by Christopher Scott
Businesses nationwide are helping their employees find ways to help Haitians as they recover from the January earthquake. Doing that helps employees in other ways, too—and, in turn, helps employers.
We’ve seen it with Haiti. We saw it on the Gulf Coast with Hurricane Katrina, and when floods and wildfires have ravaged other parts of the country. When employees see an organization taking the initiative to help victims of natural disasters or support charities in their own communities, it sends an important message: This is a good place to work because it’s about more than just making a buck.
Credibility, productivity boost
Support for charitable causes builds the credibility of the organization’s leaders. It paints a clearer picture of what they value. It helps define the organization for the people who work there.
Participating in charitable activities is good for employees, too. It can make them prouder of what they do for a living. That, in turn, can make them more productive and satisfied at work.
When we focus on serving other people, we seem to be more productive. When we know that what we’re doing is going to help someone else, we do it better or we do more of it.
This is especially true for younger workers, who have grown up with a focus on social justice and concern for the community and their environment.
It’s not just helping out after major disasters that generates employee goodwill. All year long, employers can make it easy for employees to volunteer in their own communities and donate time, money, food, toys—whatever is needed—right in the neighborhood.
10 ways to do good
Here are 10 ways your organization can turn doing good deeds into an appreciated and well-used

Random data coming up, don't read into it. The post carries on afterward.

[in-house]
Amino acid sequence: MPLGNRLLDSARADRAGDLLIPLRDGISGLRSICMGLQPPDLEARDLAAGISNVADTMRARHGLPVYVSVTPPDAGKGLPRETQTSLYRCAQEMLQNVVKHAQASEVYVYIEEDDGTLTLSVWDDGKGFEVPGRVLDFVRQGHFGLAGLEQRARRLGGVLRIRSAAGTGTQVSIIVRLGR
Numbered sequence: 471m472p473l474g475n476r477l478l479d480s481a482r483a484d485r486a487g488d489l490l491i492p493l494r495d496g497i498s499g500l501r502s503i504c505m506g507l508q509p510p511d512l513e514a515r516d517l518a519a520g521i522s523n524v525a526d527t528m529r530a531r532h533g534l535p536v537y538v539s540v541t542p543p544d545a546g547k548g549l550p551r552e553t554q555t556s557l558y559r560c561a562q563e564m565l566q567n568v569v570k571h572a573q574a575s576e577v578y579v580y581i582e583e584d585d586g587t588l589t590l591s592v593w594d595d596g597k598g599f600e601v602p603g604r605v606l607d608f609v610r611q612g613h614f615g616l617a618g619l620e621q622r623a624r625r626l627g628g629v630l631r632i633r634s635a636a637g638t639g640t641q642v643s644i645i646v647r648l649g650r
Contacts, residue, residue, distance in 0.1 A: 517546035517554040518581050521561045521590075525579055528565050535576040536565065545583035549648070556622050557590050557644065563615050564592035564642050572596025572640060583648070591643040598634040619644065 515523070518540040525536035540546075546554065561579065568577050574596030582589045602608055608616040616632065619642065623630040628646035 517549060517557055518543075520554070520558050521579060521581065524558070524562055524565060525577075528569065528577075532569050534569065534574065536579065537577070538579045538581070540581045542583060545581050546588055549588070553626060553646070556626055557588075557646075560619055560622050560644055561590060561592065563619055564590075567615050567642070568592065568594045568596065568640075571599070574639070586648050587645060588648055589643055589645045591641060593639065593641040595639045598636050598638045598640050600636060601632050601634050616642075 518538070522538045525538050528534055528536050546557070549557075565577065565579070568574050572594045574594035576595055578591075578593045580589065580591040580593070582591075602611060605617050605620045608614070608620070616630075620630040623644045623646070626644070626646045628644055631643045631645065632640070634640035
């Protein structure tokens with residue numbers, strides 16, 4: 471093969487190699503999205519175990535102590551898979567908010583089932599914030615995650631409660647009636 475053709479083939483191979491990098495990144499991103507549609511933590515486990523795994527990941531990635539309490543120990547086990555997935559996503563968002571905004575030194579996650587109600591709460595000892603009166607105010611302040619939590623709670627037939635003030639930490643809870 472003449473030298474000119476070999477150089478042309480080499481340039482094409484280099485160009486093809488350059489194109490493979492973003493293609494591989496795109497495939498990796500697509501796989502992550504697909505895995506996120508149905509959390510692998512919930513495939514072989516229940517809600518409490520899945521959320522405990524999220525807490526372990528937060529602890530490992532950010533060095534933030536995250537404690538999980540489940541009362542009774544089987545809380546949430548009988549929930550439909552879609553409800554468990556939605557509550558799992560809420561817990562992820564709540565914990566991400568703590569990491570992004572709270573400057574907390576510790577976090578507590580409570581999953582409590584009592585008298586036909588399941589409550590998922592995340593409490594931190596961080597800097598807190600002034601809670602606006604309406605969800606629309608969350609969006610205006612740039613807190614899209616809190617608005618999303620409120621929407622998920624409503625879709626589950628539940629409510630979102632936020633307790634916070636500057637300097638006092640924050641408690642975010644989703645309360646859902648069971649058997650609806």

1. Create opportunities for employees to volunteer or donate money to good causes in your community. If the process is readily available, employees won’t have to jump through hoops to get the organization to support a walk for charity or grant a day off to volunteer at a worthy event.
2. Organize group volunteer projects and invite employees to participate in specific activities at assigned times. Avoid pressuring employees to join in.
3. Compile a list of volunteer opportunities at local nonprofits and distribute it to employees. That way, employees can take the initiative if and when they want to.
4. Choose local recipients for charitable donations your employees make or collect. Donors often say they prefer to give money that will be spent locally. Exception: Major tragedies, such as the earthquake in Haiti. If the need is great enough out of state or in another country, people will pitch in.
5. Look for causes that are relevant to your organization’s work and mission.
6. Steer clear of controversial organizations and causes. Participation and donations will drop off if causes go against the faith or morals of any employees.
7. Choose fun volunteer opportunities. Activities that employees can do together build camaraderie. Examples: car washes, sorting food at a food bank or sprucing up a nonprofit’s facilities.
8. Tap the giving mood that sweeps people during the winter holidays. It’s a good time to collect food, toys and money for distribution to the less fortunate.
9. Pin down all aspects of the project before you start. Example: If you’re going to collect food and clothes for disaster victims, know how you’re going to deliver them before employees start stacking cans or boxes in their cubicles.
Note: In many cases (such as Haitian earthquake relief), cash donations to aid organizations are far more useful than food or clothing drives.
10. Make sure employees see the results of their donations or volunteer work.
Author: Christopher Scott is a founder of A Day of Hope, a nonprofit organization that distributes food for Thanksgiving to needy families in Stanislaus County, Calif. Contact him at Christopher.Lynn.Scott@gmail.com.
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